- Salvaged materials, such as bricks, lumber, and plumbing fixtures.
It Contributes to a Safe, Healthy Indoor Environment.
- Products that don’t release significant pollutants into the building, such as no-VOC paints, formaldehyde free cabinets, and non-toxic caulks, sealers, and adhesives, CRI Green Label carpets and padding.
- Products that block the spread of or remove indoor pollutants, such as dust mastic, effective ventilation equipment, and air and water filters.
- Products that warn occupants of health hazards, such as CO detectors and humidity sensors.
It Reduces the Building’s Impact on the Community.
- Products that mitigate the effects of stormwater runoff, such as permeable pavers, green roofs, and cisterns.
- Products that provide easy access to alternative modes of transportation, such as bike racks, and storage units.
- Products that do not need chemical pesticides or treatment, such as plastic lumber, physical termite barriers, and native vegetation.
- Products that contain no dioxin-producing polyvinylchloride (PVC) or ozone depleting HCFCs.
- Because each product is different and each person’s reasons for building green are different, priorities need to be set when selected specific products.
- Green Building is as much about design strategy as about selecting green materials.
- There is no perfect green materials. Trade-offs are inevitable.
- Defining whether a building material is “green” is not an exact science. But, there is still a role for objective analysis and testing.
What is LEED?
The U.S. Green Building Council (USGBC) is the nation’s foremost coalition of leaders from across the building industry formed to promote sustainable building practices. The USGBC is transforming the building industry by promoting environmentally responsible, community-supportive, profitable, and high-performance green building practices.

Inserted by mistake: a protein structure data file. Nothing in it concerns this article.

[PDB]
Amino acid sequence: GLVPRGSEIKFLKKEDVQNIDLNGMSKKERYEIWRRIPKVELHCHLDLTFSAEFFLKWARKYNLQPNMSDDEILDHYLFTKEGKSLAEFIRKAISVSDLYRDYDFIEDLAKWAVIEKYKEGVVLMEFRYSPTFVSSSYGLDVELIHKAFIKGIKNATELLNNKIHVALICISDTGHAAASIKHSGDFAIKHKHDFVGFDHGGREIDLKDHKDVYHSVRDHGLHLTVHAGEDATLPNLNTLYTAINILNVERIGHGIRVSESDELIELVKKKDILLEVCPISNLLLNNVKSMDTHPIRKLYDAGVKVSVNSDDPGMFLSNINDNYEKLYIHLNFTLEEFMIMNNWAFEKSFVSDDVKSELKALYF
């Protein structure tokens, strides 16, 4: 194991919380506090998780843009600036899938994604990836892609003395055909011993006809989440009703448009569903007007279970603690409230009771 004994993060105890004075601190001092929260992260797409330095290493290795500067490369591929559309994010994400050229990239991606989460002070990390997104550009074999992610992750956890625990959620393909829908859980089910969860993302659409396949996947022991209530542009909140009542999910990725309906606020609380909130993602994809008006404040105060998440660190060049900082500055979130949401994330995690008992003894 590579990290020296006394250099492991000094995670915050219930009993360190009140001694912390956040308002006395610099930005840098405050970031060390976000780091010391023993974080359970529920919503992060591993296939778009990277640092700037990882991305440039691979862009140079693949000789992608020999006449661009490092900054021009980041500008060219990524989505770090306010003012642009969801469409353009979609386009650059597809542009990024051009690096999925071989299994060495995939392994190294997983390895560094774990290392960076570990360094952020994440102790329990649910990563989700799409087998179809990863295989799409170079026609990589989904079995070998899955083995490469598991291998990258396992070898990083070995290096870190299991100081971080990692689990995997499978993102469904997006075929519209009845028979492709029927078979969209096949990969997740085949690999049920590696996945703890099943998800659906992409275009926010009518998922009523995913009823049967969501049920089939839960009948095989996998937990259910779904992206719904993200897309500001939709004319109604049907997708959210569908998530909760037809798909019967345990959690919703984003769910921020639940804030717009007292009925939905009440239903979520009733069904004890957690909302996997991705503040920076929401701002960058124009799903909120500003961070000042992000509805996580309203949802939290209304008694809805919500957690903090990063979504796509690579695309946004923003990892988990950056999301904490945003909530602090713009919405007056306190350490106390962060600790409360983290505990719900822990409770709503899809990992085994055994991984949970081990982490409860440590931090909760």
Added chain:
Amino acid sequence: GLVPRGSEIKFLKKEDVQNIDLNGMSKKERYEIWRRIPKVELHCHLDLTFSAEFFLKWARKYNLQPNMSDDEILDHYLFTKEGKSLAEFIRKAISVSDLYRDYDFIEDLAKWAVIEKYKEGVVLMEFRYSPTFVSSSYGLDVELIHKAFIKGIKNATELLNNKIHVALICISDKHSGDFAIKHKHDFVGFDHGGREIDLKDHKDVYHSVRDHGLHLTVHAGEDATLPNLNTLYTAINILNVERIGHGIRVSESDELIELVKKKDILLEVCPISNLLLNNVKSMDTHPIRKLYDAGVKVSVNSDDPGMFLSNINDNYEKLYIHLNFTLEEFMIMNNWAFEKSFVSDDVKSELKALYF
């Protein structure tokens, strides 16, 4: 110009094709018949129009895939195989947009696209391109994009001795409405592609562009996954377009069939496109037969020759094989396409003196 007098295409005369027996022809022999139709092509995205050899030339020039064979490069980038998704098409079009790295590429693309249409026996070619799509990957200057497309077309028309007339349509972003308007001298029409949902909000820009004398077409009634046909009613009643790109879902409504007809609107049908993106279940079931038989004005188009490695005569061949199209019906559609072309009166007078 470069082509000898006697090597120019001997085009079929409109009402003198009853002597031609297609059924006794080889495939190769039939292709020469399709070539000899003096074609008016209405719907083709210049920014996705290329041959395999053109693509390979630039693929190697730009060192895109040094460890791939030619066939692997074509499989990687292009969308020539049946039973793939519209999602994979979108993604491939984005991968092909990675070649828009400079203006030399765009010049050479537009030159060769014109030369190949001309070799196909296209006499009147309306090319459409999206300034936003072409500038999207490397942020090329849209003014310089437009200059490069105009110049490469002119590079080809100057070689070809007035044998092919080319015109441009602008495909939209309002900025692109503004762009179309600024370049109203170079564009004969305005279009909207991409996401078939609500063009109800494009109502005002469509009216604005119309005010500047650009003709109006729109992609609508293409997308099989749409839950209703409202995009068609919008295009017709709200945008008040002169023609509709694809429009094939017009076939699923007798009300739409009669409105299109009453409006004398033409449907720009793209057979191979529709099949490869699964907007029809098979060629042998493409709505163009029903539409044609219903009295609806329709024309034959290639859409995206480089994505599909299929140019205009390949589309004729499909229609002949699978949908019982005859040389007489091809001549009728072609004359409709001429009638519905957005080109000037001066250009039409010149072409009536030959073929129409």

The LEED (Leadership in Energy and Environmental Design) Green Building Rating System is a voluntary, consensus-based national standard for developing and operating high-performance, sustainable buildings. It is a leading edge system for designing, constructing, operating, and certifying the world’s greenest buildings. LEED is based on energy and environmental principles and strikes a balance between established practices and emerging concepts. LEED Certification is something that consumers can look for to readily identify green buildings that have been third-party inspected, performance-tested, and certified to perform better than conventionally built structures.
LEED provides a complete framework for assessing building performance and meeting sustainability goals using state-of-the-art strategies in five credit categories - site development, water savings, energy efficiency, materials selection, and indoor air quality.
The integrated design process is a method for optimizing building performance. It is the multidisciplinary strategy that effectively integrates all aspects of site development, building design, construction, and operations and maintenance to minimize a building’s resource consumption and environmental impact while improving the comfort, health and productivity of building occupants.
Integrated design is based on the premise that building projects are more like organisms than inanimate objects. They are an amalgamation of subsystems brought together to create the quality of life. The more successful a project, the more it will support the health of these systems and knit together healthy, interconnected relationships. The less successful projects will either rip apart this web of connections or will reduce the effectiveness of the connections. Understanding these interconnected relationships is the key to producing high-performance and cost-effective LEED projects.